Citrus Connection's advisory board voted 4-to-1 to demand county officials pay up Polk's quarterly contribution of $382,000 for public bus service within the next 15 days.
LAKELAND — Lakeland transit officials have accused Polk County of breaking its contract for public bus services by withholding approximately $382,000 in funding. If unpaid, it could have rippling impact on the agency's funding and ability to serve riders.
Citrus Connection's advisory board voted 4-to-1 Wednesday to demand county officials pay Polk's quarterly contribution for public bus service within the next 15 days. The funds are more than 30 days past due.
“There's been an independent, capricious decision to make a withholding of payment for services in light of three years of prior operations that is inexcusable,” Mayor Bill Mutz, who sits on the transit board, said. “The money is owed. That money needs to be paid.”
David Persaud, chief financial officer for Citrus Connection, said the majority of the funds owed, or roughly $327,000, is needed to cover operational costs for county bus routes that service residents in areas such as Bartow, Winter Haven and Auburndale. Without the money, Persaud warned the transit agency may be unable to come up with the matching funds needed to be eligible for nearly $1 million in federal and state grants.
“If we don't get those grants, it would put us in a very serious financial position,” he warned.
Michael Craig, the county's attorney, said the reason Polk County didn't make the July payment is that county management is concerned the funds may not serve “a valid public purpose.”
“We have a fundamental disagreement on how the funds are used that are provided by the county,” he said.
A debate between Citrus Connection and Polk's elected officials over best accounting practices has been quietly brewing over several months. But this is the first time the county has withheld money over the issue.
The county's staff under Clerk of Courts Stacy Butterfield has repeatedly asked the Lakeland transit agency to stop billing for its accrued pension liability under the Florida Retirement System.
When Polk County, Winter Haven and Lakeland merged their transit networks in 2015, all the employees were enrolled in the state's pension program. Each year a report is run on Citrus Connection's accrued liability, according to Persaud, and any difference between its current funds deposited in the state treasury and the total assessed liability is split between its three branches based on percentage of payroll and then billed.
Craig said the county's position is laying out cash to cover the transit agency's pension liability is unnecessary, and it is owed a nearly half-million dollar refund.
“The county's position is we can account for the FRS liability without putting dollars in the account, the [transit] district's position is, 'No, you have to have dollars in the account'," he said. “So we essentially have drawn two lines in the sand and a $460,000 gap in between.”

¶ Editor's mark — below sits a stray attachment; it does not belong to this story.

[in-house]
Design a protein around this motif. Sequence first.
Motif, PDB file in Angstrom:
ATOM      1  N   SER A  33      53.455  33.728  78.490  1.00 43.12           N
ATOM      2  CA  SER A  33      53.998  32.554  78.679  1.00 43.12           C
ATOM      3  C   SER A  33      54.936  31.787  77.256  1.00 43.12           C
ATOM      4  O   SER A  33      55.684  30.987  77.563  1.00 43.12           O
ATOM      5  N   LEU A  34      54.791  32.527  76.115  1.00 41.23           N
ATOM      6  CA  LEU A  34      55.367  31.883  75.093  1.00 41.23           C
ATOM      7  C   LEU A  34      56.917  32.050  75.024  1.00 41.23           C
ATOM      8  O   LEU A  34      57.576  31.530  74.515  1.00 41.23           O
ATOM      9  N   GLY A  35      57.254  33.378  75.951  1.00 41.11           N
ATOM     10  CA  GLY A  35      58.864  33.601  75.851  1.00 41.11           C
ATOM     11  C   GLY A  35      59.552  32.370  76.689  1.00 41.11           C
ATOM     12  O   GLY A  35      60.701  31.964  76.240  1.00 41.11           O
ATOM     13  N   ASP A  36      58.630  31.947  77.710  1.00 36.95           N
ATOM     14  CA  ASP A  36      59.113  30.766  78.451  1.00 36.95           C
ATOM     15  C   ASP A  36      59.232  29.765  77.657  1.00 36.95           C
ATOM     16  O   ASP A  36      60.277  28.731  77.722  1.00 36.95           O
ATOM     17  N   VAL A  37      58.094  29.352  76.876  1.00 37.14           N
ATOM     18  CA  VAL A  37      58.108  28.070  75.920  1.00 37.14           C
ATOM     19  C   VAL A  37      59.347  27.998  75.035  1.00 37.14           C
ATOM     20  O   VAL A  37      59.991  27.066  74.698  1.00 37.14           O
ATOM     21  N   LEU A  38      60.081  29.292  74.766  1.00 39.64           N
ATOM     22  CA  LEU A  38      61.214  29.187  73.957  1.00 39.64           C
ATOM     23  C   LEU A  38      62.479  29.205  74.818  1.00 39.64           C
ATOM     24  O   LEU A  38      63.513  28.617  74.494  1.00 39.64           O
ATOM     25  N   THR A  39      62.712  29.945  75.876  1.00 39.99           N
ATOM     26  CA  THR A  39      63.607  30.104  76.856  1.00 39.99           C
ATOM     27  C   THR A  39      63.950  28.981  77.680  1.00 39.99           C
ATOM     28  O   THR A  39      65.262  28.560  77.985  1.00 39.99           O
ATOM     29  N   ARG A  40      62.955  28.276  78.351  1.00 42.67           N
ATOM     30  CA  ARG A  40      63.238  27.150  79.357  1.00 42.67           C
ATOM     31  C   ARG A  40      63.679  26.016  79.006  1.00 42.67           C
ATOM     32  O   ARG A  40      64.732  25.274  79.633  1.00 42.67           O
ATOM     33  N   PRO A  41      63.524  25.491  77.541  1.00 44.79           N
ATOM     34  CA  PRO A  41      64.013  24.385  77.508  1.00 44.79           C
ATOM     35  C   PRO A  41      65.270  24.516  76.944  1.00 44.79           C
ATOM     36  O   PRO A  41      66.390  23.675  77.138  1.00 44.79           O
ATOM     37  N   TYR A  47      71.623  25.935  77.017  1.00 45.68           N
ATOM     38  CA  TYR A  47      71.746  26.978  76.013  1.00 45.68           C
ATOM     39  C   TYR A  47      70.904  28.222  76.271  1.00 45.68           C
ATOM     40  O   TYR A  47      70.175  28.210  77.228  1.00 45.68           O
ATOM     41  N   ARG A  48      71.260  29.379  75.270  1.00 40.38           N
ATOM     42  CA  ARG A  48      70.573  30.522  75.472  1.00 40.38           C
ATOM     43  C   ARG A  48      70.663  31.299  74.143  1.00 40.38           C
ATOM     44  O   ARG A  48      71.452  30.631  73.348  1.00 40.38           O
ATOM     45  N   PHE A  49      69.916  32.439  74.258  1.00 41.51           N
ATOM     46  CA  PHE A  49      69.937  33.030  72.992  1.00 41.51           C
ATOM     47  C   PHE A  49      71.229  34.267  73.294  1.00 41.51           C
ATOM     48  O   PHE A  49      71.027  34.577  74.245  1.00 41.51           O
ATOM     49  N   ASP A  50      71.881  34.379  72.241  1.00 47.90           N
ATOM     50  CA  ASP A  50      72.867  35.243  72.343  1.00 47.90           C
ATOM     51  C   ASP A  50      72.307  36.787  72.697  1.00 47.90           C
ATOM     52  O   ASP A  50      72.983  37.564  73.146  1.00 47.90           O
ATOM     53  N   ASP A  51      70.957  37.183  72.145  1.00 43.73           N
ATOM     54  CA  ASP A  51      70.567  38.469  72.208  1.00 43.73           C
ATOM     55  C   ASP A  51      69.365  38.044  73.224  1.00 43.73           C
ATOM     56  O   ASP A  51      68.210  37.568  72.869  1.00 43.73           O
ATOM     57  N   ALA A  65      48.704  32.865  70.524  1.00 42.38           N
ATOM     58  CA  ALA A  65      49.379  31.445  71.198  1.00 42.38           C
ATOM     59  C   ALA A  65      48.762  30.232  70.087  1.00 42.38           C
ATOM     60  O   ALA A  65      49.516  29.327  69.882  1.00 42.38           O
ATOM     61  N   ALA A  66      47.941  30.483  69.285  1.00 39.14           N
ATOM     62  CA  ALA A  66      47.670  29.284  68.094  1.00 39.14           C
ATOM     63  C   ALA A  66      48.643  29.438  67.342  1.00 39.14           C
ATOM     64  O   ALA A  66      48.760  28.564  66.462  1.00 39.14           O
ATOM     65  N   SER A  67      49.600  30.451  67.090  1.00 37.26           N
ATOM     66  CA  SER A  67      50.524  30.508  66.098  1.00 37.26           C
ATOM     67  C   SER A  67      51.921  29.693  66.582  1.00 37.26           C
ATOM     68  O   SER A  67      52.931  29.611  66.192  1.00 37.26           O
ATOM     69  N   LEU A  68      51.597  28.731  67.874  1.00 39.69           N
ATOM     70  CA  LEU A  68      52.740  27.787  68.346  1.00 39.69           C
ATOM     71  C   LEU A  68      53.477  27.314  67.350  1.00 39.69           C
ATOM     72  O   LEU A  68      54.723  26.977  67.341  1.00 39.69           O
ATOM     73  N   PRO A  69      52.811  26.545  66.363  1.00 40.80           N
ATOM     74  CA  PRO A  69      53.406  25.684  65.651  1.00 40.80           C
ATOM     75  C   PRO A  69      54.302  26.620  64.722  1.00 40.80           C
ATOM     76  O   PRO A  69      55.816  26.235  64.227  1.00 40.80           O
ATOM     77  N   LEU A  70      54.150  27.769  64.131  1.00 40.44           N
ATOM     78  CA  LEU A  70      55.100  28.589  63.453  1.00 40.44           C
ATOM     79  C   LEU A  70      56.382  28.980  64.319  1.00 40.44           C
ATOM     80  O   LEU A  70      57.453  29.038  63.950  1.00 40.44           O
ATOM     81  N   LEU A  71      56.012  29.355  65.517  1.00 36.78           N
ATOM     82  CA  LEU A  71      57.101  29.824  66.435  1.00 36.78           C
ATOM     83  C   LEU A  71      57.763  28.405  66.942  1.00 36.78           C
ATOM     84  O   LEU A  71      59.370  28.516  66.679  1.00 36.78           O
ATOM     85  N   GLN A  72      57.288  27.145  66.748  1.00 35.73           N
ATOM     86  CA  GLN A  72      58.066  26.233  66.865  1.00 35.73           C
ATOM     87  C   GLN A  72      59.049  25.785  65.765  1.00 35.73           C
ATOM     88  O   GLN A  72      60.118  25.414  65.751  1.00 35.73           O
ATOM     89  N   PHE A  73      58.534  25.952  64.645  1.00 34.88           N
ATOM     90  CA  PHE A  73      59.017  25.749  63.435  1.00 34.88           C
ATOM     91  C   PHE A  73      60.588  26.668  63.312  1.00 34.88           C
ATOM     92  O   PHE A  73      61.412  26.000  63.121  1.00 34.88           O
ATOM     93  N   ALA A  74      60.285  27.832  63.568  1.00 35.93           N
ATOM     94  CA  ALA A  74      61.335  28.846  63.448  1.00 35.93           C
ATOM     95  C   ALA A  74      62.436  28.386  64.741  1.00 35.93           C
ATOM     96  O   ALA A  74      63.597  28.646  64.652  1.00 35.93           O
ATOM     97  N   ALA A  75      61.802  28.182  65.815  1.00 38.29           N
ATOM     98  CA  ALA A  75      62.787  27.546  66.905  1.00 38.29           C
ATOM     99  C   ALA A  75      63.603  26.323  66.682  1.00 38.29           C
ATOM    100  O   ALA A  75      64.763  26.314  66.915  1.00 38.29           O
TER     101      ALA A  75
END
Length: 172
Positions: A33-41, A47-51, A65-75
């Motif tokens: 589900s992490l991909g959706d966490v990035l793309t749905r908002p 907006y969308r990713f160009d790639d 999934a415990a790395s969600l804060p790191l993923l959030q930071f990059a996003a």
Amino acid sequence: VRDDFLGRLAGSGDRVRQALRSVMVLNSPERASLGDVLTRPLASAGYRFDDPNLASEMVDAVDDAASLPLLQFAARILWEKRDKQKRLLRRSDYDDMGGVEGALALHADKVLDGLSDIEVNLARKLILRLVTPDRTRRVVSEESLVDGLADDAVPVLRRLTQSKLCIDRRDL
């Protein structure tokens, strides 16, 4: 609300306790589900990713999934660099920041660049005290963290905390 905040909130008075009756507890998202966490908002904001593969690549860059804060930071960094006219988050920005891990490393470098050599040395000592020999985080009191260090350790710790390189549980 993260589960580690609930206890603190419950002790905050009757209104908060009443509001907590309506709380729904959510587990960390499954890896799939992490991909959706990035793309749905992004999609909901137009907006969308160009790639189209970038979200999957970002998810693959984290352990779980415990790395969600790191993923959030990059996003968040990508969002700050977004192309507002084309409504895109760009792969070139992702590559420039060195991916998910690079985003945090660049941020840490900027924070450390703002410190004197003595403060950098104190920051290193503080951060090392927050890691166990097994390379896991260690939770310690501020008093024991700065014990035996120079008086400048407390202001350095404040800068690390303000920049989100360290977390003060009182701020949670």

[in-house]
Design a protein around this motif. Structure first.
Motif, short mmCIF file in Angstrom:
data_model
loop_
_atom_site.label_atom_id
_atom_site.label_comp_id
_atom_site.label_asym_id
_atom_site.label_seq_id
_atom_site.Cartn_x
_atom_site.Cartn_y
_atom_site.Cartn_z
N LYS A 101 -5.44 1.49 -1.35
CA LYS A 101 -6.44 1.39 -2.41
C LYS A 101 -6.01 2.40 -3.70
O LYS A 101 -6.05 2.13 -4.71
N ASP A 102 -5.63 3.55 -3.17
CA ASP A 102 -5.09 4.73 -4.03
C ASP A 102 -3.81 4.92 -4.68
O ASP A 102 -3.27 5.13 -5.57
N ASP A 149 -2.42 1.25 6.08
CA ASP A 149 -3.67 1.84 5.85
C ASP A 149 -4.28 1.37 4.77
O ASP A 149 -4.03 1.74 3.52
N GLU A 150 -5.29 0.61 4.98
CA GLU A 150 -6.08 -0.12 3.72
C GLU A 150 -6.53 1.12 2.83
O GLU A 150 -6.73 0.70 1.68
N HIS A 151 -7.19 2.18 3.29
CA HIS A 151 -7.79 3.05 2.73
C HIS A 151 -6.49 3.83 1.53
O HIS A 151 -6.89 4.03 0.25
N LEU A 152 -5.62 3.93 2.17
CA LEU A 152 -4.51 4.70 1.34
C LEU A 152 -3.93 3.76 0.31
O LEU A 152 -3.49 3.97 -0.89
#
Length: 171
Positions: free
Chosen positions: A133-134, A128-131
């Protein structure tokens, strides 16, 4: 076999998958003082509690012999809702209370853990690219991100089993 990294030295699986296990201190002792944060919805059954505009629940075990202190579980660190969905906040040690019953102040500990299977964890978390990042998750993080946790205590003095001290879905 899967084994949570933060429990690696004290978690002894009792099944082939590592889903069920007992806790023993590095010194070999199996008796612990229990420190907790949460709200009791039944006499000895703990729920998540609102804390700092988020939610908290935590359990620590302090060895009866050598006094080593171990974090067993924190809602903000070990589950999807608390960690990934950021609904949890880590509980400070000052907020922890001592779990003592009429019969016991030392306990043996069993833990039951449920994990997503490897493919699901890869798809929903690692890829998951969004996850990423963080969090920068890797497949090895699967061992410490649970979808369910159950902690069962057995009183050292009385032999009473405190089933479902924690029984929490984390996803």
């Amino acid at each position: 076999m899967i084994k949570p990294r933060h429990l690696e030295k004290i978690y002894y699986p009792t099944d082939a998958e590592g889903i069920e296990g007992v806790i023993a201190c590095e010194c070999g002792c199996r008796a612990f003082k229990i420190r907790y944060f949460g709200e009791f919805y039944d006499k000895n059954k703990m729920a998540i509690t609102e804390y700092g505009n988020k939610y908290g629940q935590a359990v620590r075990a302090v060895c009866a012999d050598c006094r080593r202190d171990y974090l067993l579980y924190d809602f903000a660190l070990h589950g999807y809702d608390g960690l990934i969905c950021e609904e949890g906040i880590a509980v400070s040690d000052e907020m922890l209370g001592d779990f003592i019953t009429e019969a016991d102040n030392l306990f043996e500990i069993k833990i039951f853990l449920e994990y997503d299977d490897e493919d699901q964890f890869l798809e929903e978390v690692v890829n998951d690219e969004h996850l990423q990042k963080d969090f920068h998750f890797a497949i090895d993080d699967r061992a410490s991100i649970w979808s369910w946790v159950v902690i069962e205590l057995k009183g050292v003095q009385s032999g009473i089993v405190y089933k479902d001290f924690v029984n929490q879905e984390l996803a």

Tim Darby, Citrus Connection's attorney, agreed, “We are at an impasse."
Tom Phillips, Citrus Connection's executive director, said as of Wednesday morning he had still not received an official notice that the county didn't plan to pay.
A string of emails between the transit agency and the county show ongoing funding has been a concern, some alleging it's being used to apply pressure.
An email sent to the county's Clerk of Courts on July 10 shows Citrus Connection's attorney, Darby, said his client's main concerns included, “ensuring that the July Payment (due 7/12) as well as another payment due based on contracted services” would continue to be made.
“I assure you that once my office receives that request we will promptly process payment,” Butterfield responded on July 12.
A follow-up email between Darby and Butterfield dated July 18 shows Citrus Connection's invoice to the county for bus service still hadn't been paid. Butterfield suggested the transit agency “contact the County Manager's office to discuss the payment and position.”
Polk County Commission Chairman George Lindsey said the county board did not direct the withholding of transit funding, and said if Butterfield did, that she “is an elected official who has exclusive authority, beyond our authority, to pay whatever bills she deems appropriate that serve a public purpose.” Butterfield told The Ledger on Wednesday that she never received a directive from the County Manager's office to pay the invoice.
Jim Freeman, Polk County's manager in July and has since retired, said he deferred comment to his predecessor Bill Beasley, who confirmed the pension liability funding was the reason.
“Until we can communicate and resolve opinions about that, this office decided to withhold the quarterly payment,” he said.
When informed of the Citrus Connection board's 15-day notice to the county, Beasley said he wouldn't want the money to negatively affect public bus service. Roughly 57% of Citrus Connection riders use it as a primary means of getting to and from work, according to Phillips, including some county employees.
When a suggestion was thrown out of terminating bus service along county routes for this financial breach, Phillips rejected the idea. He would not consider it, saying the transit agency would pay for the service from its reserves if needed.
Beasley said he plans to immediately address the issue in his new role as county manager.
“We will expedite a mutual beneficial resolution to that,” he said. “I will take the lead or point to ensure that.”
Sara-Megan Walsh can be reached at firstname.lastname@example.org or 863-802-7545.